Expansion of LGBT rights looks slim this session in 19th year filed

Related Story

JEFFERSON CITY – As the law currently stands, it is legal to discriminate against LGBTQ Missourians.

House Bill 846, also known as the Missouri Nondiscrimination Act, heard in the Judiciary Committee this month would add sexual orientation and gender identity as protected statuses under the Missouri Human Rights Act.

Although there are nondiscrimination ordinances in some areas of Missouri that include protections, the act would encompass the state as a whole.

However, the act is facing opposition.

“One of my big concerns with this is that it would encroach on people’s religious liberties,” said Representative Bill White of Joplin.

Bev Ehlen, Concerned Women for America Missouri State Director, testified against the bill.

“Those Missourians that have businesses that participate in weddings, whether they are florists or photographers or venues, if they have religiously held beliefs regarding same sex marriage, they could be sued for not wanting to participate,” Ehlen said.

As both the bill sponsor and a gay man, Representative Greg Razer of Kansas City is working to facilitate a change.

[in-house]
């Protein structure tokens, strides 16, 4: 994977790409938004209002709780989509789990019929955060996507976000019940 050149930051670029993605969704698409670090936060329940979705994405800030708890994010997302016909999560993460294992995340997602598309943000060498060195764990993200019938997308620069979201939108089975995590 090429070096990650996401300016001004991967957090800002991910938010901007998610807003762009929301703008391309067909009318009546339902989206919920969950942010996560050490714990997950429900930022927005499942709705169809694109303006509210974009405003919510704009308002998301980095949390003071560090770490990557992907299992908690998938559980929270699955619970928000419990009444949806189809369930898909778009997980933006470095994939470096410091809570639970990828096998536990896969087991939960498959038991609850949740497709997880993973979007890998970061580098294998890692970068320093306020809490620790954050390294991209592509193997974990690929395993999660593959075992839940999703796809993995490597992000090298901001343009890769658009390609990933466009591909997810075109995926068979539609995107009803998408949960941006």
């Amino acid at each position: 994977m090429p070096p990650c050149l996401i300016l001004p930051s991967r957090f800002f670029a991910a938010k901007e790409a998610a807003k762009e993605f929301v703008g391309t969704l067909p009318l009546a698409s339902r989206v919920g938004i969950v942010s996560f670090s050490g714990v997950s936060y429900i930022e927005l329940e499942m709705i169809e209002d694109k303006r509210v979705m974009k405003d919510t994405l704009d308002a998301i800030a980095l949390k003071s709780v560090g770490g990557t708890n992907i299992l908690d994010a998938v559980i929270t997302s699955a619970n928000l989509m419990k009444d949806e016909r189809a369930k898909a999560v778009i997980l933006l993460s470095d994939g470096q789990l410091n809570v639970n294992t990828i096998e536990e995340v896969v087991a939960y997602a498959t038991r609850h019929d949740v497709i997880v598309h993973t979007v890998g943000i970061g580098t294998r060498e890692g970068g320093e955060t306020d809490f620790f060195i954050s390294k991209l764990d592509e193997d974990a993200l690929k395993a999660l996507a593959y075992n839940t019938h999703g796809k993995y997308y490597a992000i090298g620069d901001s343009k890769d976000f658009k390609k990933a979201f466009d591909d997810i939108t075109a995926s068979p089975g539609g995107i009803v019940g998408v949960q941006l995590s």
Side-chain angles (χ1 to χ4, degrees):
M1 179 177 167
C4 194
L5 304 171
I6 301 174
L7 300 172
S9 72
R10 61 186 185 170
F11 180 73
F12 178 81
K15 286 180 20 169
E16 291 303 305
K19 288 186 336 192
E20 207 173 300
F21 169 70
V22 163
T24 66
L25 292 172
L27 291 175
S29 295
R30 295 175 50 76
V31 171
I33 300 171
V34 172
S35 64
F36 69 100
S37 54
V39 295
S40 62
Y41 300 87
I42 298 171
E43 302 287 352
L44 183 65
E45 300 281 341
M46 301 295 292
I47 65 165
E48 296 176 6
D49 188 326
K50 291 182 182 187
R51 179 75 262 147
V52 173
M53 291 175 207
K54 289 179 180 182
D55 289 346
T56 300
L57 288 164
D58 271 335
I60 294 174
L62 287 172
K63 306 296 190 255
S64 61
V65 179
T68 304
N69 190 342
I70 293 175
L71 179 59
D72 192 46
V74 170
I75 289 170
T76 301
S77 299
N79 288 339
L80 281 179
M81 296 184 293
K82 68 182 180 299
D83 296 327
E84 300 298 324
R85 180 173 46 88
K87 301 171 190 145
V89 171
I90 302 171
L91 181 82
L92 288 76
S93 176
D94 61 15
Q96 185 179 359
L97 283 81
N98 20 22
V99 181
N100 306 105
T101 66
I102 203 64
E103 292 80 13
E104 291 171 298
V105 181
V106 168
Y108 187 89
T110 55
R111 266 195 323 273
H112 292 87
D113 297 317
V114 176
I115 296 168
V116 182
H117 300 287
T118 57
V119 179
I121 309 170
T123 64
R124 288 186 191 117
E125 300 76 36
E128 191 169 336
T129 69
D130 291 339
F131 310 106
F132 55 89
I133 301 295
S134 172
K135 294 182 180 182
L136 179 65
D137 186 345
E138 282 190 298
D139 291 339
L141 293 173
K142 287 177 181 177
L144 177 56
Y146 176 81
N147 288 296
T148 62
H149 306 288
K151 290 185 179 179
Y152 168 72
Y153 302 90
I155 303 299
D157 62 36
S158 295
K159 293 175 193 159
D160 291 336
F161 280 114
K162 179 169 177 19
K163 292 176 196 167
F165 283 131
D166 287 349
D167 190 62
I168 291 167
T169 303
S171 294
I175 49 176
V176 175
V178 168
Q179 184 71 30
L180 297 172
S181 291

“The odds of it actually getting through the entire process are pretty much nonexistent and we realize that this year,” Razer said. "But a big step would be getting it passed through committee so that next year we can come back and say that’s the step we made last year, now lets take it a step farther.”

As a board member of The Center Project, a LGBTQ community space in Columbia, Howard Hutton emphasized the importance of this act being established sooner than later.

“Passing the Missouri Nondiscrimination Act as a state voice would validate and affirm the diversity of our LGBTQ community,” Hutton said.

Razer said he would be disappointed by a final effort to pass statewide LGBTQ protections, which might involve adding them to a separate bill addressing employment discrimination law. This bill raises the burden of proof for people suing employers for discrimination.

News